For some residents, the home stays lasted a few weeks while families navigated travel restrictions and other logistics to bring their children home. But others remain in California with OVS families.
Eighth grader Alex Jia, whose home is in Shanghai, China, is staying with his classmate and good friend Eli Roston, who has been a resident at Lower Campus for five years, starting in fourth grade.
Eli stays with his grandparents, Micheal and Ko Roston, in San Diego during breaks and most vacations.
Last summer Eli was invited to go to Shanghai and stay with Alex, and he thoroughly enjoyed his time there. To return the favor, the Rostons invited Alex to stay with them during Thanksgiving break. Alex said yes and had a blast.
So as soon as the Rostons heard that Alex wouldn’t be able to return home due to the Coronavirus, they immediately welcomed him into theirs with open arms.
“When we found out that Alex couldn’t go home, it was a natural thing for us to say ‘hey, bring Alex here,’” Mr. Roston said.
They have established a schedule to make things go smoothly and add a sense of security in these hectic times.
“The boys have their breakfast before school and then when they are all done with their online schooling, Alex practices the piano for an hour and Eli reads a book of his choice,” Mr. Roston said. “After that, they come down to ‘Papa Mike’s’ office and gym, and I become their personal fitness trainer.”
After fitness hour, the boys have free time to relax and then later in the evening they have family dinners and watch movies or play board games. They even have a weekly poker tournament.
To the Rostons, Alex — who started at the Lower Campus last year as a seventh grader — is another member of the family and they are happy to be able to keep him safe in these rough times. The Rostons are planning to have Alex stay with them until he is able to return home to China in June.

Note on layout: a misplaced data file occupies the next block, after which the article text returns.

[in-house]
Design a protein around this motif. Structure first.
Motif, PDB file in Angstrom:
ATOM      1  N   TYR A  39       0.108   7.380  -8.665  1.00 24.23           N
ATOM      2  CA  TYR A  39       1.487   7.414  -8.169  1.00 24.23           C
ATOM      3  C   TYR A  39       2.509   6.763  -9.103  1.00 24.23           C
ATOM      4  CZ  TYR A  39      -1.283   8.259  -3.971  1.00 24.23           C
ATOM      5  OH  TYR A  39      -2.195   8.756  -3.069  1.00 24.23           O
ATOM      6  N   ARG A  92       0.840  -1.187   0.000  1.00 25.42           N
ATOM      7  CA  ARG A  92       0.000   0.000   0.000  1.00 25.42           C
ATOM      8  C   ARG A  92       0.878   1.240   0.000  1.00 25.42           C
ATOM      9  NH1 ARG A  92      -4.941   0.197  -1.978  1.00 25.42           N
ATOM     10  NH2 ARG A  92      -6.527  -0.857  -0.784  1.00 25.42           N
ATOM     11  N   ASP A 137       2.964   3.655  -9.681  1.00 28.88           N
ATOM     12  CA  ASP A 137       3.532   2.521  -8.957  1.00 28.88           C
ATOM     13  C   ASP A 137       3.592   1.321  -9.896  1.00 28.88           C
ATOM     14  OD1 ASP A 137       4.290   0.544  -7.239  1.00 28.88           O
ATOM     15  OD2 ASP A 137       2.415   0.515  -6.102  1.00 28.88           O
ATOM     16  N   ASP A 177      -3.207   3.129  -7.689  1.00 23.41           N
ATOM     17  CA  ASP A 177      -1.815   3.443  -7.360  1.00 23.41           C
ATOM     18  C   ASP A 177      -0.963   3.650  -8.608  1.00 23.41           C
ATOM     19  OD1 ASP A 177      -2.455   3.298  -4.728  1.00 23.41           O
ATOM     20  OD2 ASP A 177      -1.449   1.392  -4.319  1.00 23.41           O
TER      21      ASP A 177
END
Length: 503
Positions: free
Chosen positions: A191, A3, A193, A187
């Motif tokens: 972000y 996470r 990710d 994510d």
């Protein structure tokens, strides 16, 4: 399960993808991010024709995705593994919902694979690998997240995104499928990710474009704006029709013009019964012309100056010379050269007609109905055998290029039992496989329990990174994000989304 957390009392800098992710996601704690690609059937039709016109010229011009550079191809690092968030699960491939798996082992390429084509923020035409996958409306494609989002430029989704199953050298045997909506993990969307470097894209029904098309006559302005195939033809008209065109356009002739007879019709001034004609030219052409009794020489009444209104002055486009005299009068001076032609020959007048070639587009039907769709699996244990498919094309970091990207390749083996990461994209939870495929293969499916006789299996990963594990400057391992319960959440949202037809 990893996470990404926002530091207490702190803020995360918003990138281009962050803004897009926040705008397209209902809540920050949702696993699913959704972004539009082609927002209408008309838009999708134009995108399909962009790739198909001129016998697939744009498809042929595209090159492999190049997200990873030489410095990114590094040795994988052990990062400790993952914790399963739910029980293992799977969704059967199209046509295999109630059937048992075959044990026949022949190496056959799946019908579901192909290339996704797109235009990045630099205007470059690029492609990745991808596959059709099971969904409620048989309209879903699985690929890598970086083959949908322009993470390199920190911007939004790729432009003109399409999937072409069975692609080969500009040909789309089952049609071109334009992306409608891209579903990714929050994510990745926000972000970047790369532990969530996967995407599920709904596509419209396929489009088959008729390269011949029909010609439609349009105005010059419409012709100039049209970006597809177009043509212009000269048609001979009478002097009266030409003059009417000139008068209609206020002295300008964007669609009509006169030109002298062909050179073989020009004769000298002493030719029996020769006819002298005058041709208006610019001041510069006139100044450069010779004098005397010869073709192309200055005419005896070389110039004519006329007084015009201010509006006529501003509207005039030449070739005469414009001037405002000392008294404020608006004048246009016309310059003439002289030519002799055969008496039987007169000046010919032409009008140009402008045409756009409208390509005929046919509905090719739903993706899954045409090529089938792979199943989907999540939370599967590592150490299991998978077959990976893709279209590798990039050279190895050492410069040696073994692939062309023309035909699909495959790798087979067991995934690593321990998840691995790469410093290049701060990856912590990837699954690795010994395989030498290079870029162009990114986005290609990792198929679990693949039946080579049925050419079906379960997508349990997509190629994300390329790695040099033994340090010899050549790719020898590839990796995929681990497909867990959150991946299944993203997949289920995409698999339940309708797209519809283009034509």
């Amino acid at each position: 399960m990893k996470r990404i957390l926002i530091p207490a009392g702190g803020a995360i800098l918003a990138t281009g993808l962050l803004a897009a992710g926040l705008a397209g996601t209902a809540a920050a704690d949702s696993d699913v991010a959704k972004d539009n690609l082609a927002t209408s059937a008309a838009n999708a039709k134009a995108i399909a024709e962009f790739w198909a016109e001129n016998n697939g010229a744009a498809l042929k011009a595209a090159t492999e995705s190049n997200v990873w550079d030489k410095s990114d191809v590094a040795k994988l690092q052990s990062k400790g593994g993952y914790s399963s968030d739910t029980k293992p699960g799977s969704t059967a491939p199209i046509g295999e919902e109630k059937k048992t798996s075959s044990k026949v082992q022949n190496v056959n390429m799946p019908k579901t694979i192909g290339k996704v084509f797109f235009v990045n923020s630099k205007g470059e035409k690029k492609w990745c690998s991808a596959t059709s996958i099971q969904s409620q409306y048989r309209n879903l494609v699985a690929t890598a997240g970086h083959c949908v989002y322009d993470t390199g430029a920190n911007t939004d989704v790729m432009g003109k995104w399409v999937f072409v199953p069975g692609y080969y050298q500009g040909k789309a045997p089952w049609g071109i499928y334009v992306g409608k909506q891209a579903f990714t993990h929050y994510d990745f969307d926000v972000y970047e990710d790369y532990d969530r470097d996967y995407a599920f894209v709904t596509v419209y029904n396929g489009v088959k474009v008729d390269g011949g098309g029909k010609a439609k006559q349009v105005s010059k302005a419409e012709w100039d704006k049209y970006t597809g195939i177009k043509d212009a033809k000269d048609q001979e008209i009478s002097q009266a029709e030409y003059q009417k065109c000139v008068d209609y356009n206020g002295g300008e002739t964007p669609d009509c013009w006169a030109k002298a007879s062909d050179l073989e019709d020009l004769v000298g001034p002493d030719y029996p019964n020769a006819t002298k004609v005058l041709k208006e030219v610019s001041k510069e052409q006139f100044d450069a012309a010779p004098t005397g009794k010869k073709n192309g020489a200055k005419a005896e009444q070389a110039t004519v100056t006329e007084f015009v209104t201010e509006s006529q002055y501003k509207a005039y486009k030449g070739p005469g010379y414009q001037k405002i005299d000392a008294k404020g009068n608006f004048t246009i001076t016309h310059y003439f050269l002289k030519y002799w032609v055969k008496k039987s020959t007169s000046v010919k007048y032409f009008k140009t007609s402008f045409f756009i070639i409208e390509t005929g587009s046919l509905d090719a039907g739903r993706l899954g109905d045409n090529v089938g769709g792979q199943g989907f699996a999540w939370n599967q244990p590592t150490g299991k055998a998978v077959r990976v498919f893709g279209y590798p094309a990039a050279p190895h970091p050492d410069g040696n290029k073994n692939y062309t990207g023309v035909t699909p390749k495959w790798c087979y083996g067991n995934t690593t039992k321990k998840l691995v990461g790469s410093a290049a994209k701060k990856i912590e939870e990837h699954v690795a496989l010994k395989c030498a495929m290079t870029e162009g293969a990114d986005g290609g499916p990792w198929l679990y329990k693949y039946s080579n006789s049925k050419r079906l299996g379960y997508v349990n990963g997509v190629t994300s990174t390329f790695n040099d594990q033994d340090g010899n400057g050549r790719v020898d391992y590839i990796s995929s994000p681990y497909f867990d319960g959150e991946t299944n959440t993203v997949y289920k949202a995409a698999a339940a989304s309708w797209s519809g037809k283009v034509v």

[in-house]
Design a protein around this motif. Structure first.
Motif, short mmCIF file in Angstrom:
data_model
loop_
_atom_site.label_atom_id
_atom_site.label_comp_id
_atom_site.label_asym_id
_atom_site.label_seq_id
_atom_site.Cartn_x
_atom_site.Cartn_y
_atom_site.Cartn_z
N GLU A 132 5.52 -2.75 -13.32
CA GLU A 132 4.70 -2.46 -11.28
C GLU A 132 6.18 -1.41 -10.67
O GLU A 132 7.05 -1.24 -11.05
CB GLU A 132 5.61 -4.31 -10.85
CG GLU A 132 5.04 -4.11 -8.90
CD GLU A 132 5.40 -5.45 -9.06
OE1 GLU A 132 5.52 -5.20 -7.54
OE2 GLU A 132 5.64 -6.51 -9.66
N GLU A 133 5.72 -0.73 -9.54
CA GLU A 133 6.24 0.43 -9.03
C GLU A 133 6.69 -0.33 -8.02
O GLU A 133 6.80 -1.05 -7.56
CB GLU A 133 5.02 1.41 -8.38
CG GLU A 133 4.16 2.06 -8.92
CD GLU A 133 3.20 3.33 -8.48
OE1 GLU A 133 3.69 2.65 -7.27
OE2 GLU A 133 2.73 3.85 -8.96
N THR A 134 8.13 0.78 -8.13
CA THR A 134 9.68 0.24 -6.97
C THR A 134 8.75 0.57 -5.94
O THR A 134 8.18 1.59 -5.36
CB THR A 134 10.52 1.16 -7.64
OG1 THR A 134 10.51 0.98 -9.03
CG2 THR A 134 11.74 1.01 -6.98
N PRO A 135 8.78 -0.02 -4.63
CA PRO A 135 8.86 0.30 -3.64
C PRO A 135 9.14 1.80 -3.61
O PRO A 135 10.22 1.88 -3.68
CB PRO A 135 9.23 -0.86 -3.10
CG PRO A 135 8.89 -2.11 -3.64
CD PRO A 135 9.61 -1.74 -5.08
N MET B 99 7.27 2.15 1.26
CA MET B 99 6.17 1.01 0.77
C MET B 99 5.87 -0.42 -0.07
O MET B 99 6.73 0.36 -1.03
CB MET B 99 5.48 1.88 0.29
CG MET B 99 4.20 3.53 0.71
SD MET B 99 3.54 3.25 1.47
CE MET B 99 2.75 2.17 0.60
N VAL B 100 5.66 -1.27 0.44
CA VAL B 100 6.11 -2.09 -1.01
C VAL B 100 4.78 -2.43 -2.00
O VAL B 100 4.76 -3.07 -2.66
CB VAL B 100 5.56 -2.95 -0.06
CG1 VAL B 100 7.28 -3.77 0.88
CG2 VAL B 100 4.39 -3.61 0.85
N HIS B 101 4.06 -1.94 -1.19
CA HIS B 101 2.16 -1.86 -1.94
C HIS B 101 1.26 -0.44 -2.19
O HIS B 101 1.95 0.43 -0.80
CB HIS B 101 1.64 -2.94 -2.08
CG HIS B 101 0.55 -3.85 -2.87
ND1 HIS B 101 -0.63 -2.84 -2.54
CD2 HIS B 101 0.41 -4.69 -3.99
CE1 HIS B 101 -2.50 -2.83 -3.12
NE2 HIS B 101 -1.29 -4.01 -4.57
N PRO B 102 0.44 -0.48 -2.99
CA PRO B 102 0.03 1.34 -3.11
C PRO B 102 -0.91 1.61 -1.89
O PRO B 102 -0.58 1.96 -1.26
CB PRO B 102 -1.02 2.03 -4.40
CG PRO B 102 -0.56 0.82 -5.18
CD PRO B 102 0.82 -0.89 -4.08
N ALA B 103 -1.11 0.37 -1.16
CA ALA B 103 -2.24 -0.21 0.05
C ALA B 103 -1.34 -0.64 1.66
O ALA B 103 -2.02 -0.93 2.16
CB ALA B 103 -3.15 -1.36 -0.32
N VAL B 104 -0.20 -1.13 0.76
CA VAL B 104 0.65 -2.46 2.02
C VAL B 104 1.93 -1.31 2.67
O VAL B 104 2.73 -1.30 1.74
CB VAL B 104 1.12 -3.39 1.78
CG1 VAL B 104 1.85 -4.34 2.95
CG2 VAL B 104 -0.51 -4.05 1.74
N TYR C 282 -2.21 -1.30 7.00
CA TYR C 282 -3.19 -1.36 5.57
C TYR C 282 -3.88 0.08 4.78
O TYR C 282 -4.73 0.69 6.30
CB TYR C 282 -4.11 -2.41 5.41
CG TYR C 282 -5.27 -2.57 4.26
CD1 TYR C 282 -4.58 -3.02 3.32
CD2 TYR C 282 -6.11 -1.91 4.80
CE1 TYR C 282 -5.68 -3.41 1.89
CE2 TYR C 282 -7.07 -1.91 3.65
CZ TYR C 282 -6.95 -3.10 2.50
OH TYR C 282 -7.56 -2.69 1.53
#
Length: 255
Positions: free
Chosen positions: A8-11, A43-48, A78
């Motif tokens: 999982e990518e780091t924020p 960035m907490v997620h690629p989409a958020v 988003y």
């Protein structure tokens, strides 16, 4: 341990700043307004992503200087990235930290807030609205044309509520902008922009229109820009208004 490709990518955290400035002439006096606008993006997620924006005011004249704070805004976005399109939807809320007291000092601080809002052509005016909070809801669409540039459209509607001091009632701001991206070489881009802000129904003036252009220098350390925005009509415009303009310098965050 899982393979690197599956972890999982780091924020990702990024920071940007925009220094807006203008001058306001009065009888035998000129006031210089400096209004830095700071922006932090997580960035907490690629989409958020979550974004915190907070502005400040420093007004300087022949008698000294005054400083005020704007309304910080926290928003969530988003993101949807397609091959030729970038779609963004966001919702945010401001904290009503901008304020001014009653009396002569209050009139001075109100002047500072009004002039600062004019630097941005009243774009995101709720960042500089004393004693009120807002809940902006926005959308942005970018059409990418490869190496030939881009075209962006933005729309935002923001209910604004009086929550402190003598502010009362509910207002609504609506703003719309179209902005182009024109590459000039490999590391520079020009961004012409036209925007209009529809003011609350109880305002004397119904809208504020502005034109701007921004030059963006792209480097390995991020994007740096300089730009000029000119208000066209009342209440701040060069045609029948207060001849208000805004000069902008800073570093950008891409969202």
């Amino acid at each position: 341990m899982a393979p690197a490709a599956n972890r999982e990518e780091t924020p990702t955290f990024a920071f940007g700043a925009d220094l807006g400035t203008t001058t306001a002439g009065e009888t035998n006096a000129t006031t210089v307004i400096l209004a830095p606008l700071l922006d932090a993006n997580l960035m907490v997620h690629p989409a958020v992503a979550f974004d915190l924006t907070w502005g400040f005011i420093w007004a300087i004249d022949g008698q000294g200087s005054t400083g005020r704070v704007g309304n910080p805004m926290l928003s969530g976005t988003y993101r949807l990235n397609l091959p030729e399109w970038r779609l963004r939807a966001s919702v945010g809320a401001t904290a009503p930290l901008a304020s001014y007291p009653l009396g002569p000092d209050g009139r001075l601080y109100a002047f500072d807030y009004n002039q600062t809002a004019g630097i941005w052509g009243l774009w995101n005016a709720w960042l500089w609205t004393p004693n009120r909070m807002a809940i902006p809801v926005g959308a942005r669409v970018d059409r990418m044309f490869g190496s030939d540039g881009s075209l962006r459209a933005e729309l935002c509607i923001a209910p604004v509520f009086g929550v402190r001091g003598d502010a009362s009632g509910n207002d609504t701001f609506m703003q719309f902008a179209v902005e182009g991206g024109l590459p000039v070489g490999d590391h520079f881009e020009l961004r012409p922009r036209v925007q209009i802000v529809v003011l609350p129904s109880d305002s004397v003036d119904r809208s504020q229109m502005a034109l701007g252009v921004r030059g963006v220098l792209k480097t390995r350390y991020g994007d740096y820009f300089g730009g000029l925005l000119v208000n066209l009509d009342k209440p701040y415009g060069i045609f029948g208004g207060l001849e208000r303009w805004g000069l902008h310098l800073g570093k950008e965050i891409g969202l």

“Alex is like my second grandson,” Mr. Roston said. “We treat him the same as Eli and really have just become so fond of him.”
During his stay at the Halvorson-Samadzedeh household, Peter brought a part of his culture to Ojai.
“We have been talking to Peter about things that he misses from home and one of the things he said was food,” Dr. Halvorson explained. “We cooked dumplings from his grandmother’s recipe while Arya made pixie ice cream. It was super fun and made everybody happy to have a good dinner.”
Combining their favorite elements of home through food allowed Peter, Arya, Dr. Halvorson, and Dr. Samadzedeh to connect even further.
To these families, the idea of community is strong, and even though this is a challenging time for not only the nation but the entire world, the OVS community continues to spread love and joy.
“It is super important that people stay home as much as they can as well as not being around people in order to keep our community healthy,” said Dr. Halvorson. “It is also important to keep our minds healthy like going outside, going for a walk, or even meditating. This is how we beat the virus.”